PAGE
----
Piedmont translates as ‘foot of the mountain’ with the Alps to its north and west. The best vineyards soak up the sun, forming an amphitheatre shape and the soils are rich with calcareous matter. Piedmont is unquestionably one of the world’s great winemaking regions and its crowning jewel is Barolo DOCG. Barolo has three prestigious sub-regions, La Morra which tends to produce more fragrant wines and Falletto and Serralunga, which are found on Helvetian sandstone producing a bigger style and more concentrated wine.

Barolo is made from the exceptional and truly distinct grape Nebbiolo, which derives its name from the Italian word for fog Nebia, prevalent in the vineyards of this region. Nebbiolo is the only grape that combines high alcohol, high tannins and acidity, yet is light in colour due to having lower anthocyanins or colour pigmentation in its skin. It therefore has a Burgundian lightness, fragrance and is hugely aromatic, combined with the power of Bordeaux. Piedmont was once part of the Savoy Kingdom which explains the French winemaking influence.

Pio Cesare is named eponymously after the man who begun in 1881 and the estate has be producing classic Piedmontese wines for five generations, over which time they have secured some wonderful single vineyards and relationships with growers. Their main source of grapes used in their Barolo comes from the magnificent 40 acre vineyard in Serralunga d’Alba called Ornato. This is found in the eastern most area of Barolo and is the exclusive source of their vineyard designated Barolo Ornato (in 2009 scoring 93+ costing £300). The soil here is chalky and iron rich, while the vines average age is 35 years and taken together explains the wines’ relatively deep colour and long ageing potential.

The Cesare cellar is based in Alba and its walls date back to 50 B.C. the time of the Roman Empire. Today the estate is run by Pio’s Great-Grandson Pio Boffa who has recently made significant investment, rebuilding and restructuring the cellars and wine facilities. A new fermentation cellar has been built with a new gravity racking area and a new barrel ageing room has been built 12 meters underneath the ancient Roman walls. Pio Cesare reflects a wonderful balance of tradition and modern winemaking.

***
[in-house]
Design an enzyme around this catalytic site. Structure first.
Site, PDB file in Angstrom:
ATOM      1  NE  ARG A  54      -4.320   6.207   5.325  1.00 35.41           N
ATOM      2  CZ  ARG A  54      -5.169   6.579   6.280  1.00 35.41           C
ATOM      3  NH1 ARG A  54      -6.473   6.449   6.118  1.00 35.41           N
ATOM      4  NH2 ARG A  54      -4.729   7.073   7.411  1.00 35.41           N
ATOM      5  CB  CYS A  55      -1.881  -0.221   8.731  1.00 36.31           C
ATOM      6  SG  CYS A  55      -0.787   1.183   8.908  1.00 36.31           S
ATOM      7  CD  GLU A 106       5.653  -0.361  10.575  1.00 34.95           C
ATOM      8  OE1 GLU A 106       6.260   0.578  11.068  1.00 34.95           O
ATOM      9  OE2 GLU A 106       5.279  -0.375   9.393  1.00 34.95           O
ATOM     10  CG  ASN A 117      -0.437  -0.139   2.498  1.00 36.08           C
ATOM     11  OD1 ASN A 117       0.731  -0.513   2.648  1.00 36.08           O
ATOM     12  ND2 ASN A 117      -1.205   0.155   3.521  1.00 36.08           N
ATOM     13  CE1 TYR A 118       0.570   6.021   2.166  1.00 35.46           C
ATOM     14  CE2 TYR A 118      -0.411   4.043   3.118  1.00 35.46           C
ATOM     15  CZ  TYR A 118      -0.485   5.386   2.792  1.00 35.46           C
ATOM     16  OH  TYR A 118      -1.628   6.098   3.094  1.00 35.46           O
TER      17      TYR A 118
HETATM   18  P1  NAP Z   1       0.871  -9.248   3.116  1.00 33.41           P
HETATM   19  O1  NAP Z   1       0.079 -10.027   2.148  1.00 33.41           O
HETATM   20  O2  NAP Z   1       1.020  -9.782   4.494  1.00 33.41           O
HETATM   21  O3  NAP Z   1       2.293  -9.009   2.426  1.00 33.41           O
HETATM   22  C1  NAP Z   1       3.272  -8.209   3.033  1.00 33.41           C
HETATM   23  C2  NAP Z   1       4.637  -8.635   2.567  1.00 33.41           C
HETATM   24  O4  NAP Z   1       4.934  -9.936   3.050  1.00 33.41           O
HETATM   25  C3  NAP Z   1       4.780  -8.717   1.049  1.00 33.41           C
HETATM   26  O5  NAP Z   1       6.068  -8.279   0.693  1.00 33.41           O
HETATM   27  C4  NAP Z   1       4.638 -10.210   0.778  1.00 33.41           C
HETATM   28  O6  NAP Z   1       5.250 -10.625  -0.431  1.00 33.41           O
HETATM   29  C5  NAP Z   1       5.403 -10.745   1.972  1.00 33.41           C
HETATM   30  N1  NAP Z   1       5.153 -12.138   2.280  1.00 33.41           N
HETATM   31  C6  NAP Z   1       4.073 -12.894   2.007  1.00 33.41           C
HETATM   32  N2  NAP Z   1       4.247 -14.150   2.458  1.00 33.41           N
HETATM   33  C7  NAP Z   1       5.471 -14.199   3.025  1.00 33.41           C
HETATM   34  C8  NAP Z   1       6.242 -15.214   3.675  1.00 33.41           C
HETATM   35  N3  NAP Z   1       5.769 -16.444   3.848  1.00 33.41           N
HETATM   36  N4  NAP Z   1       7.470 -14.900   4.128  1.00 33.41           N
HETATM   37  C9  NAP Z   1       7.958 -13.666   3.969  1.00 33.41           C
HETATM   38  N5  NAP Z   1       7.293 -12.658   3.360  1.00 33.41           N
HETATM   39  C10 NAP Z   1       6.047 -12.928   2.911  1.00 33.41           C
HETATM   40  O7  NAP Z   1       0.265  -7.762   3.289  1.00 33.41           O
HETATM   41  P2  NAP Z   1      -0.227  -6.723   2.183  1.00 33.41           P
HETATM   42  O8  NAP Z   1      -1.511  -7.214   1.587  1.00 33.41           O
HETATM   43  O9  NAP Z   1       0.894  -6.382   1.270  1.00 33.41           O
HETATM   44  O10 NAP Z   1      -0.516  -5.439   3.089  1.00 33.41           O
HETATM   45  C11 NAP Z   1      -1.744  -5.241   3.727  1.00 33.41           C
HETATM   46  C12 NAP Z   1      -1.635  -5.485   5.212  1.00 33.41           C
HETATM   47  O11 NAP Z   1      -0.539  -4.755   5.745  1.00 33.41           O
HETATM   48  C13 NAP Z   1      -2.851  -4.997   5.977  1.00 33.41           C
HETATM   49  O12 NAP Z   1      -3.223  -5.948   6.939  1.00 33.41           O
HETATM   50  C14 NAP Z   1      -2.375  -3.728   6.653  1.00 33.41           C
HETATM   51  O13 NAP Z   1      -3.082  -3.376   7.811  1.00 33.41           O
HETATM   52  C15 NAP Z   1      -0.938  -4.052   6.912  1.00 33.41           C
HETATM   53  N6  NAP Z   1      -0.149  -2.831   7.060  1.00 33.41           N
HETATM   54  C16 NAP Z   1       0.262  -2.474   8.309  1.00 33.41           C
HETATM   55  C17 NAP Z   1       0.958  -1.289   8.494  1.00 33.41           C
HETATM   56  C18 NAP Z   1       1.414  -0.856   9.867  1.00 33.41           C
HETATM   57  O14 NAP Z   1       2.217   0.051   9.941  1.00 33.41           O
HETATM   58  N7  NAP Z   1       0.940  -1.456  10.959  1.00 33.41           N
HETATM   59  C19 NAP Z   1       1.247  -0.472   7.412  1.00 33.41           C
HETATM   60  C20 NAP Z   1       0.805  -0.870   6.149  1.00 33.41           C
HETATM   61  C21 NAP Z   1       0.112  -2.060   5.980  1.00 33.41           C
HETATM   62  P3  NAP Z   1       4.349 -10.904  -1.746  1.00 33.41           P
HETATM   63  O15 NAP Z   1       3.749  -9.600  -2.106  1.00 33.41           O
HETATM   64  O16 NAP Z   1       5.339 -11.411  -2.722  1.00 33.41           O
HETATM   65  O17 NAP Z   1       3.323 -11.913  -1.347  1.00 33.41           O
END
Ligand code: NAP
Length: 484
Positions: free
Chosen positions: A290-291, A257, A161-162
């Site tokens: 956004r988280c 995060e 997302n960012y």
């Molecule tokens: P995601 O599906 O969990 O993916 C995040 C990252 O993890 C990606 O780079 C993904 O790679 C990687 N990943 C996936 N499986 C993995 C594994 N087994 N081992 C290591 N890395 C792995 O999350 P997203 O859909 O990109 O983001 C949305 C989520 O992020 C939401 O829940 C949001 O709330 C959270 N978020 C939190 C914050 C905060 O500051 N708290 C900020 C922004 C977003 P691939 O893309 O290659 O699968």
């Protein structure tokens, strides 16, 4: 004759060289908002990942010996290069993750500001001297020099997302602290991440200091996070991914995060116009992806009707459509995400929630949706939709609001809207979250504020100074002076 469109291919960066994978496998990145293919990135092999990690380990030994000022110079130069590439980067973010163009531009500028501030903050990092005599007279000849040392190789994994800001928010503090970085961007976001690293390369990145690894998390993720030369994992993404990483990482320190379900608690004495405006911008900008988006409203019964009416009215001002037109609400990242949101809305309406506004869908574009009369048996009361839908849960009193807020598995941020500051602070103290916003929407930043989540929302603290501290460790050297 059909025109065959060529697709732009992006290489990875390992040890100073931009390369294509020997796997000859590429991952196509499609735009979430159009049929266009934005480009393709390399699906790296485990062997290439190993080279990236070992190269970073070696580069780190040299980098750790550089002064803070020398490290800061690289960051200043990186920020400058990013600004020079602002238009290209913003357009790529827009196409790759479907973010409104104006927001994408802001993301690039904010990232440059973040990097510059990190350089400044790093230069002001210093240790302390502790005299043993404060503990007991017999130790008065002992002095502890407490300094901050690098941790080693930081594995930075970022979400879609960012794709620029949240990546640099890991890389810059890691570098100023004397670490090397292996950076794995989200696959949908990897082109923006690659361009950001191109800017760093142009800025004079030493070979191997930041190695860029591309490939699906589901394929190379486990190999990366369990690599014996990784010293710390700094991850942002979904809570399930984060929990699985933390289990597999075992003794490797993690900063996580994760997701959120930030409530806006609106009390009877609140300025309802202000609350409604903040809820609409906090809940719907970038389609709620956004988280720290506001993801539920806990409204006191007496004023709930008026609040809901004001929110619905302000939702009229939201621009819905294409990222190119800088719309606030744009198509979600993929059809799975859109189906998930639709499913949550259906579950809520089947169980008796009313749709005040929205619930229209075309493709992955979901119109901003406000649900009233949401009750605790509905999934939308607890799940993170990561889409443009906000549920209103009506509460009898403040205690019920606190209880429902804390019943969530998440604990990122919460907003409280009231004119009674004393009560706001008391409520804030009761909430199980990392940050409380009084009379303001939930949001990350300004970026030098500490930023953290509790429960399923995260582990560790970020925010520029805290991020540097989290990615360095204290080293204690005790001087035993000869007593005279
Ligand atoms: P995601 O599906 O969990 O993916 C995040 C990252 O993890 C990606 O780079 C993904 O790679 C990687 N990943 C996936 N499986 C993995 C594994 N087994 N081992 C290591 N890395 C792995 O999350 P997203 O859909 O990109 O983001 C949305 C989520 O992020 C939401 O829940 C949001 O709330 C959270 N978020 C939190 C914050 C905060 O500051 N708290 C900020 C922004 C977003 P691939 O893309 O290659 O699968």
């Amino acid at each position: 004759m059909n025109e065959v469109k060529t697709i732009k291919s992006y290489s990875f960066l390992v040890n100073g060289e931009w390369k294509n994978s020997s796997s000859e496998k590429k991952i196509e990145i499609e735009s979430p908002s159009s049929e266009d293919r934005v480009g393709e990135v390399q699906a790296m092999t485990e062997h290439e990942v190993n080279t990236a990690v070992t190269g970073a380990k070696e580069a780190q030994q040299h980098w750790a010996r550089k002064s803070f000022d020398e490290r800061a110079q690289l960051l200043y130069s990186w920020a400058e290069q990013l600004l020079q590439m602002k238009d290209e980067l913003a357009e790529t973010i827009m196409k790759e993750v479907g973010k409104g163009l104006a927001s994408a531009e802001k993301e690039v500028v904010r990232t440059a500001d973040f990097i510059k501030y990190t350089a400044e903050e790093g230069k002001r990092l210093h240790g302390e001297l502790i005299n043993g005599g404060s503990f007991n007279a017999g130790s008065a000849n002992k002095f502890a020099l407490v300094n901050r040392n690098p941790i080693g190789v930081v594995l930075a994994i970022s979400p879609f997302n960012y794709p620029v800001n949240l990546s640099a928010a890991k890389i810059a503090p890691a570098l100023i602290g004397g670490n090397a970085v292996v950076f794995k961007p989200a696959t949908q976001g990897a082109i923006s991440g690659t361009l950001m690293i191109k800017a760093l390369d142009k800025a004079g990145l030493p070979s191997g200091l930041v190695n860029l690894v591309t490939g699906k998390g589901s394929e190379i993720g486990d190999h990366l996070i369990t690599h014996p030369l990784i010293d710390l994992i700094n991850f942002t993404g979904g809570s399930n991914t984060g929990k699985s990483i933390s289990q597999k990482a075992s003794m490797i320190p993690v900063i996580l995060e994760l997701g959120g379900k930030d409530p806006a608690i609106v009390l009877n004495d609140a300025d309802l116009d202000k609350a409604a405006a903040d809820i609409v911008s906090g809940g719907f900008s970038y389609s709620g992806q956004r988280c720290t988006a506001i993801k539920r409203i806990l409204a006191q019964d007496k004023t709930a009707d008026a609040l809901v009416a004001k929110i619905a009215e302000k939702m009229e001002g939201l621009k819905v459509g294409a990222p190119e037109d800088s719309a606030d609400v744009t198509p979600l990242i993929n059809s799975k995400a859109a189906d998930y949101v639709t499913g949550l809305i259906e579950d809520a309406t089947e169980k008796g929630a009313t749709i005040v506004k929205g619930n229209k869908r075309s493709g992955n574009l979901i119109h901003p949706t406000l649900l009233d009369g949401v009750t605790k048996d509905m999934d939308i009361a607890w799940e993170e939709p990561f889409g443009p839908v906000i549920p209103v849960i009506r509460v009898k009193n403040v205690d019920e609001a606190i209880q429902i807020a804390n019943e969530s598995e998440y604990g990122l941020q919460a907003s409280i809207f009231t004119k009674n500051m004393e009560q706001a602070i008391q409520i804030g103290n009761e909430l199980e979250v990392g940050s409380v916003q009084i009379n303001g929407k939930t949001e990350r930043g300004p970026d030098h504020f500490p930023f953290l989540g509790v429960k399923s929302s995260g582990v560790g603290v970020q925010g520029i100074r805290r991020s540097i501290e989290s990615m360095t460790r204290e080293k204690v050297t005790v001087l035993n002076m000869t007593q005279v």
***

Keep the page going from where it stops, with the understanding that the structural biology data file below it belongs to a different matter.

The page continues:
In Barolo there are two waves of winemakers the traditionalists and the modernists. The traditionalists use large Slovenian oak casks and produce wines with big tannins and beguiling aromas, requiring longer ageing, with noticeable spice aromas such as cinnamon. The modern winemakers use rotary fermenters and shorter maceration times; they also use much smaller new French oak barrique (225 litres). As a result the wines tend to have oak, vanilla and toast flavours, are more fruit forward and can be drunk younger. There are also a set of winemakers that straddle the two schools and Pio Cesare does this beautifully; fermenting in stainless steel tanks with skin contact of ten days. After drawing off the wine 80% rests for 20 months in medium toasted (70%) new French oak while 20% ages in hectolitres casks.

Pio Cesare is an estate at the top of its game and in 2009 received 93 points from Robert Parker’s Wine Advocate. This offers wonderful value at £180 per case of six bottles. Their impressive 2004, which also scored 93 points already costs £380, so it is pays to secure it on release. Put in context the 94 and 95 point scoring Bruno Giacosa Falletto and Gaja Sperrs 2009 cost £445 and £675 respectively.

If you love Barolo and want a great bottle for £30 in bond or £38 including VAT and duty we recommend the Pio Cesare Barolo 2009. In its youth it displays concentrated and focused fruit: blackcurrants, redcurrant, almonds, prunes, pepper, tar and ginger with lovely high notes of violets, rose and liquorice. With age it will develop leather, forest floor, porcini mushroom, coffee and truffle. In any case as the price climbs to reflect the 2004 value you are likely to see a 40-50% price increase four years.

Antonio Galloni, 92 points – tasted October 2013
‘The 2009 Barolo fleshes out in the glass nicely. Smoke, tobacco, worn-in leather, spices and menthol all take shape in a broad, large-scaled Barolo endowed with serious depth. Firm yet nicely-integrated tannins support a voluptuous, creamy finish endowed with serious depth. The 2009 can be enjoyed now, but it also has more than enough depth to drink well for the next decade-plus. 2014-2024

Monica Larner, Wine Advocate 93 points – tasted June 2013
Pio Cesare offers two very distinct expressions of Barolo. The first, the 2009 Barolo, shows classic lines and elegant characteristics of mild spice and forest berry backed by dried ginger, blue flower and anise seed. Its tight, crisp and finely textured mouthfeel appeal to those with a preference for traditional Barolo. Again, this producer has done a good job managing the warmer vintage conditions.’  2015-2028

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